Children's Poem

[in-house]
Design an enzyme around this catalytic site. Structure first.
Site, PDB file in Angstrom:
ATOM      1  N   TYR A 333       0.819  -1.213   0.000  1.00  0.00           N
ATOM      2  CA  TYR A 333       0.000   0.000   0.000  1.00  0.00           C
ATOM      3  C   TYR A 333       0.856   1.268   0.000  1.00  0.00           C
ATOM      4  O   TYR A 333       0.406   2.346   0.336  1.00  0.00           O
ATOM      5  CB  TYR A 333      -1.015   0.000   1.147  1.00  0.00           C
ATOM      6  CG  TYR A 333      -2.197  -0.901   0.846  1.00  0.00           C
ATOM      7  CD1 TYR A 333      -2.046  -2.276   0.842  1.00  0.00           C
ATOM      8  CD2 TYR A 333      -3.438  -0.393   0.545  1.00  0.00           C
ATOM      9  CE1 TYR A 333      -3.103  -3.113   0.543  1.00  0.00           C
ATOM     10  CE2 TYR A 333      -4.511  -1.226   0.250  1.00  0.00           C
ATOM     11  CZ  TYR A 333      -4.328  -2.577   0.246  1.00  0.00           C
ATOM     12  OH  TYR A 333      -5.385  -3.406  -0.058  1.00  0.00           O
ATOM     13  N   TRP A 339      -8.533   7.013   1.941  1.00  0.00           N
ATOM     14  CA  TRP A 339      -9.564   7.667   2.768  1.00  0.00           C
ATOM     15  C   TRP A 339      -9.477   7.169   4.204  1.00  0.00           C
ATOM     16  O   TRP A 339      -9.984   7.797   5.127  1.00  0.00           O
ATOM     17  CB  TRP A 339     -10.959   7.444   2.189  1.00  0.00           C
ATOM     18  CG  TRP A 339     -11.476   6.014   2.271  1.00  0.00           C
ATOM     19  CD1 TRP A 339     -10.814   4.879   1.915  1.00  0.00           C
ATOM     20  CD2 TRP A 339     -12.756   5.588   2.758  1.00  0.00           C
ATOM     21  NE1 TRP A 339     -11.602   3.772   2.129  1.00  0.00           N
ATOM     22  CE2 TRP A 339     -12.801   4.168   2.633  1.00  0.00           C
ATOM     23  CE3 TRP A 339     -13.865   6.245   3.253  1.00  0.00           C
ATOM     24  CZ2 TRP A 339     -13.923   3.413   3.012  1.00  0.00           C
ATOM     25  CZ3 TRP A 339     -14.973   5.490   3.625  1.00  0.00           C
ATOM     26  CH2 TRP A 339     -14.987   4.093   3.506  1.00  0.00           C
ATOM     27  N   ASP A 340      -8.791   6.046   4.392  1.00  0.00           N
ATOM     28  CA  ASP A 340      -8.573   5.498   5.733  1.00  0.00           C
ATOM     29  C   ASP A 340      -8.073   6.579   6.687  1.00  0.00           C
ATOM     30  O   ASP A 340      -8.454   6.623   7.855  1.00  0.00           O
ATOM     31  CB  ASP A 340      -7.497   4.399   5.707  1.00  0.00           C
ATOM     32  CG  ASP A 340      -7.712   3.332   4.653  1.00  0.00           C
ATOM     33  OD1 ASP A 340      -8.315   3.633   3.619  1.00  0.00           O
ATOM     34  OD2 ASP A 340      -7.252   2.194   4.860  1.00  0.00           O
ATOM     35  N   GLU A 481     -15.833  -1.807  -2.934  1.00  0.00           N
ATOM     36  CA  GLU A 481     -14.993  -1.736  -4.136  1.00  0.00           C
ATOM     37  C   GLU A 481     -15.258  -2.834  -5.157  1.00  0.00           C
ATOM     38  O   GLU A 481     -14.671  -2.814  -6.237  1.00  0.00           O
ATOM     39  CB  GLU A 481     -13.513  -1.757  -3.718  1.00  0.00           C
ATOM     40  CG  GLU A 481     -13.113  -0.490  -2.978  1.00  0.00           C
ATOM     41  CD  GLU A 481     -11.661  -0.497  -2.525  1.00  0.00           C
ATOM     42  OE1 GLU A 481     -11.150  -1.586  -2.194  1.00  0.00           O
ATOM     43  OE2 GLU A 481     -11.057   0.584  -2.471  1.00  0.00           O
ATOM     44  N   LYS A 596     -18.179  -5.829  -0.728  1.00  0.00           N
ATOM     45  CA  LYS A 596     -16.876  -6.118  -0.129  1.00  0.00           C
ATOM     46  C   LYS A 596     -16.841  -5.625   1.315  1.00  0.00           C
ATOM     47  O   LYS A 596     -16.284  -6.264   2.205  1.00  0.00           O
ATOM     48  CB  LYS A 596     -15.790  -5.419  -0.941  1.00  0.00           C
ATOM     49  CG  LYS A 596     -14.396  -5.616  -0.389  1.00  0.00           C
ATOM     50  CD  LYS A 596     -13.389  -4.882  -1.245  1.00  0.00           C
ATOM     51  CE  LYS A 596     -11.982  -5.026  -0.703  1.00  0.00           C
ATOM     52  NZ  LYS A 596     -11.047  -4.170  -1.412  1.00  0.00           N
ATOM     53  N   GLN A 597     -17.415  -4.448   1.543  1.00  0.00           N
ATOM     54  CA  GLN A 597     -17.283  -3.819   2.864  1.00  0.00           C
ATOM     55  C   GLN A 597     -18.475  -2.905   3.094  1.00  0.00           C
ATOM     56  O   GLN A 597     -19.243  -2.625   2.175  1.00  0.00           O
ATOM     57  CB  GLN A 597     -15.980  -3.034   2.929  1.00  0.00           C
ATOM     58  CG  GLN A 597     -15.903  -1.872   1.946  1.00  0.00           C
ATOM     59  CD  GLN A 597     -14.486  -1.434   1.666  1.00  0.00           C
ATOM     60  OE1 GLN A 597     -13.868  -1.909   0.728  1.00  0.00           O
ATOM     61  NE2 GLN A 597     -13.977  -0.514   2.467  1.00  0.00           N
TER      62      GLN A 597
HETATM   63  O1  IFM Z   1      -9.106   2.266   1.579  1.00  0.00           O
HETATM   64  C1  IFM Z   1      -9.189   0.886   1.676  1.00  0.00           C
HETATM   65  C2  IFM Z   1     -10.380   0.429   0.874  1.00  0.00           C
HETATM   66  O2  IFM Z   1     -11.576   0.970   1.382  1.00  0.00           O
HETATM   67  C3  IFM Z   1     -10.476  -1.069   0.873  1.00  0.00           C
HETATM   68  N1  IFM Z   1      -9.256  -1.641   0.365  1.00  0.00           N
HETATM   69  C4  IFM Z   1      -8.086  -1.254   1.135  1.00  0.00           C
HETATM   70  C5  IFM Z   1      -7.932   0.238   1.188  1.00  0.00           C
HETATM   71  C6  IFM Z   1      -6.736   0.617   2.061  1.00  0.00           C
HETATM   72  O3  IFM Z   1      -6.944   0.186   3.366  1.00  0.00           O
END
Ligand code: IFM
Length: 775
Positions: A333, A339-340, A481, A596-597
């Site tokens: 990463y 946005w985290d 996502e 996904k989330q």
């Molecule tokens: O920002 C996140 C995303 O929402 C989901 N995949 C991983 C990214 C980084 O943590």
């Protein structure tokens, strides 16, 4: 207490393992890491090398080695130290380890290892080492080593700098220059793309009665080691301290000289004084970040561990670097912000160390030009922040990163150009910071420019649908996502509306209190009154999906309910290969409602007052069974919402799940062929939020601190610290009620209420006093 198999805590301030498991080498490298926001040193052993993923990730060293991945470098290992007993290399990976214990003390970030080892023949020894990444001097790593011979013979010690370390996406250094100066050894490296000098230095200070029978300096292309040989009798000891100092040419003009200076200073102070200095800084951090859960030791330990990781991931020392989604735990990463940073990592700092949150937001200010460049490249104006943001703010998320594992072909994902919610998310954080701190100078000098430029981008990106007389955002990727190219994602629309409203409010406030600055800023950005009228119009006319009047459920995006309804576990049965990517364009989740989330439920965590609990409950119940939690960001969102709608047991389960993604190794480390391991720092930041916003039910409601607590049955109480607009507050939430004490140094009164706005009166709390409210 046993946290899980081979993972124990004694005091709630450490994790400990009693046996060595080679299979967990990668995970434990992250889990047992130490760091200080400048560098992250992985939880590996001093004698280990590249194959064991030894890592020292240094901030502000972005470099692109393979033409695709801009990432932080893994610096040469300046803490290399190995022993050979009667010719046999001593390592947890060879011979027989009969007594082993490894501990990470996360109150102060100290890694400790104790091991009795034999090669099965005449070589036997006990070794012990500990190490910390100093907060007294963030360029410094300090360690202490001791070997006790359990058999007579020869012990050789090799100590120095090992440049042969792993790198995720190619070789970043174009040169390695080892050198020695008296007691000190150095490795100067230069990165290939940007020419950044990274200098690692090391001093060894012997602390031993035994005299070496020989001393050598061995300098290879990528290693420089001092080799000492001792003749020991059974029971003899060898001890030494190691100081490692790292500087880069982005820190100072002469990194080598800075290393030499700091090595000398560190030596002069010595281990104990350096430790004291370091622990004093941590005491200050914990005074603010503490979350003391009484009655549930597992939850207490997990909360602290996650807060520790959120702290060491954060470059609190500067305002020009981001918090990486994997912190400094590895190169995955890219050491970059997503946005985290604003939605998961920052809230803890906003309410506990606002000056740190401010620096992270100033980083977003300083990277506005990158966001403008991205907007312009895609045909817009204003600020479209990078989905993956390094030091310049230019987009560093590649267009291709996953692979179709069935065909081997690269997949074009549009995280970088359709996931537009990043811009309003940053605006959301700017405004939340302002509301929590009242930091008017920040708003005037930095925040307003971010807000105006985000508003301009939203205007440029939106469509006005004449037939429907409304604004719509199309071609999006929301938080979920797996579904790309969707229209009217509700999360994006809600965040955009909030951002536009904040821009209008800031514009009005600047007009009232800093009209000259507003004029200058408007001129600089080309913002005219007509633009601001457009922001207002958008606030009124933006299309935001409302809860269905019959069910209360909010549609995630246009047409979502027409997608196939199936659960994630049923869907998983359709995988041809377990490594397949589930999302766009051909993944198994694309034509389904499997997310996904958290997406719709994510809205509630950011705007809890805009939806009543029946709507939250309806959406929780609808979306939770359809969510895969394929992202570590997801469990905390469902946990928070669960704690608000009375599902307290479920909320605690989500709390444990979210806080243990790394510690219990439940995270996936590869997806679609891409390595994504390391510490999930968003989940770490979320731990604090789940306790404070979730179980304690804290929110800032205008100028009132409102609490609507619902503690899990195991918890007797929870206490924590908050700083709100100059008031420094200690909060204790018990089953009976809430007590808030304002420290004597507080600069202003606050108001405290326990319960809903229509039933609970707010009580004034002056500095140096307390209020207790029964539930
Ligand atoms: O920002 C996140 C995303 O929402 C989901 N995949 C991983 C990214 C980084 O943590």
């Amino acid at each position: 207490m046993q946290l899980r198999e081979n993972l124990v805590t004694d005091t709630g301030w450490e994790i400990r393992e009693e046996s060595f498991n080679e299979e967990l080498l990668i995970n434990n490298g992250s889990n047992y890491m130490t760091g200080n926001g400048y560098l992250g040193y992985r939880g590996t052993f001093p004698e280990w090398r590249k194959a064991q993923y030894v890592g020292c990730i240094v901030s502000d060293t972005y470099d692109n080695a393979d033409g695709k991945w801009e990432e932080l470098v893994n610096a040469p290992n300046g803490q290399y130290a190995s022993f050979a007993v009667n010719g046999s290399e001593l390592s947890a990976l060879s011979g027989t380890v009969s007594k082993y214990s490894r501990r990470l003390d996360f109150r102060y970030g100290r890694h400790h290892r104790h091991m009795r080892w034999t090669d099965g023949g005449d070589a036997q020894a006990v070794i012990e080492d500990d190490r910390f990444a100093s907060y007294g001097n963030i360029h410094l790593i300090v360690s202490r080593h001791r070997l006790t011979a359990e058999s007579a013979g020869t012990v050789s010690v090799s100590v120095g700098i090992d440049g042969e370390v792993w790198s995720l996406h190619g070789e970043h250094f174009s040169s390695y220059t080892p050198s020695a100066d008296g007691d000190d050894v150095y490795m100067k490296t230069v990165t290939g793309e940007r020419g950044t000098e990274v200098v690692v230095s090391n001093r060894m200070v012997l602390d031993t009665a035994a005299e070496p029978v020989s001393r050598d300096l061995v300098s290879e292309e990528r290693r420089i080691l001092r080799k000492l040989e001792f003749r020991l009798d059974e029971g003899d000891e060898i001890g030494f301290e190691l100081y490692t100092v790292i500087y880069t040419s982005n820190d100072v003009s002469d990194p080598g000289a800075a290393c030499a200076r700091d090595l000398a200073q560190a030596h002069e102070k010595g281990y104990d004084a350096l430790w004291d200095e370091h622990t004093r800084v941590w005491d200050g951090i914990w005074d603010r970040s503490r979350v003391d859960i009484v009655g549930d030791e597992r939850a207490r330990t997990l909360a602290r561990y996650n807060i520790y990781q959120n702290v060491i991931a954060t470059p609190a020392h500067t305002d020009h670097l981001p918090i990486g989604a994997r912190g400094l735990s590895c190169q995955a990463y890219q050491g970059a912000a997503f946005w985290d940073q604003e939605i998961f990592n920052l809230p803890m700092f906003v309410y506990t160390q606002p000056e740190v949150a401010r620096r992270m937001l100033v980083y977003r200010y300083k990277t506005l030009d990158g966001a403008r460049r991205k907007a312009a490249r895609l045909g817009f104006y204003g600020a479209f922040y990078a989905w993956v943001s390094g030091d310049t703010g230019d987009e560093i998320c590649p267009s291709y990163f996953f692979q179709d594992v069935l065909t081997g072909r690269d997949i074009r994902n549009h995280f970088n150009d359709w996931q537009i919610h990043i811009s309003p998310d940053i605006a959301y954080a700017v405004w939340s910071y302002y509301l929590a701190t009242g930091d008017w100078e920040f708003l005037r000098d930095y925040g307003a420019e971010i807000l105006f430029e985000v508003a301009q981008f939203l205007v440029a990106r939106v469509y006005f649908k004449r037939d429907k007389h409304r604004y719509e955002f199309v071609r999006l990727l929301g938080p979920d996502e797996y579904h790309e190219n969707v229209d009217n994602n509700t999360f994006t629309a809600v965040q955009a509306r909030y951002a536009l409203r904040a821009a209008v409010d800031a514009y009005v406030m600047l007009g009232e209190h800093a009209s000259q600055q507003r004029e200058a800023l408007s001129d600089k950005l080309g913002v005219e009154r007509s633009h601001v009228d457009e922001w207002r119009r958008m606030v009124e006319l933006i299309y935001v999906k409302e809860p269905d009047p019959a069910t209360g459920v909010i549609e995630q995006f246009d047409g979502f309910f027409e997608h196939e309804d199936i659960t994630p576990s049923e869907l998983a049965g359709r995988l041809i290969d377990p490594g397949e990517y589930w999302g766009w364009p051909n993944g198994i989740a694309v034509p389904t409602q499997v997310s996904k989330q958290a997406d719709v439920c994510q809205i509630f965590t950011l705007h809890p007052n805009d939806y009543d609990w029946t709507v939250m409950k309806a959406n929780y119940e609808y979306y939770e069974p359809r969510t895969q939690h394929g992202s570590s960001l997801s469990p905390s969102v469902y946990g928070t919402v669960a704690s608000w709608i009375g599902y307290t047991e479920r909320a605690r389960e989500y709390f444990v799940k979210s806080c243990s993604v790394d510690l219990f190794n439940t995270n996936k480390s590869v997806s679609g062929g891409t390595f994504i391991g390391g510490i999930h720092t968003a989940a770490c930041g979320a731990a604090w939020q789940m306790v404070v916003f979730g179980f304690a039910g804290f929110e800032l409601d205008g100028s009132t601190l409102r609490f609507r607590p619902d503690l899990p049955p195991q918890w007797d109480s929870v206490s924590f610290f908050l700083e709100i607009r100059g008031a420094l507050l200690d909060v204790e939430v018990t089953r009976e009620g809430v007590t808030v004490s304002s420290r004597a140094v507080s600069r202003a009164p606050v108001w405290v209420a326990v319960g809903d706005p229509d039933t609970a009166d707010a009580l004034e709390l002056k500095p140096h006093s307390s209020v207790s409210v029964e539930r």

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Environmental Friendly I chose the poem “Sarah Cynthia Sylvia Stout Would Not Take the Garbage Out” by Shel Silverstein. This poem is about a young girl named Sarah who lives at home with her parents. Sarah is always asked to do many chores but the one she cannot stand is taking out the garbage. In the poem Sarah struggles with obedience of authority by not listening to her parents and learns about environment responsibility through the acts of chores. Shel Silverstein uses repetitive rhyming, flowing word play, and outstanding figurative language to describe and show the readers that Sarah will do any chore besides taking the horrid garbage because of all the disgusting trash. She will cook any meal, and even clean nasty dishes as long as she did not have to take the garbage out. Silverstein used a lot of word play in this poem and I think mostly because it makes it easier for the audience to understand and connect with the poem. This poem I chose is actually a famous children’s poem so the author makes the literary elements more comical and visual for the audience. The poet uses a lot of alliteration and some onomatopoeia. For example the stanzas “prune pits, peach pits, orange peel” (line 15) and “rubbery blubbery macaroni” (line 27). She used the alliteration of repeating the sound of the letter “p” in line 15 and then used the repetition of the ending constant “bbery” in line 27. The irony behind the repetition of “bbery” is that, that could be the sound a child makes which connects to the idea of the “helpless” child that does not want to do her chores. Some examples of onomatopoeia in this poem are “Gloppy glumps of cold oatmeal” (line 16) and “Yellow lumps of cream of wheat” (line 32). These two stanzas give you a clear image of the trash in the garbage through the choice of words. This use of word play also makes the poem rhyme when being read.

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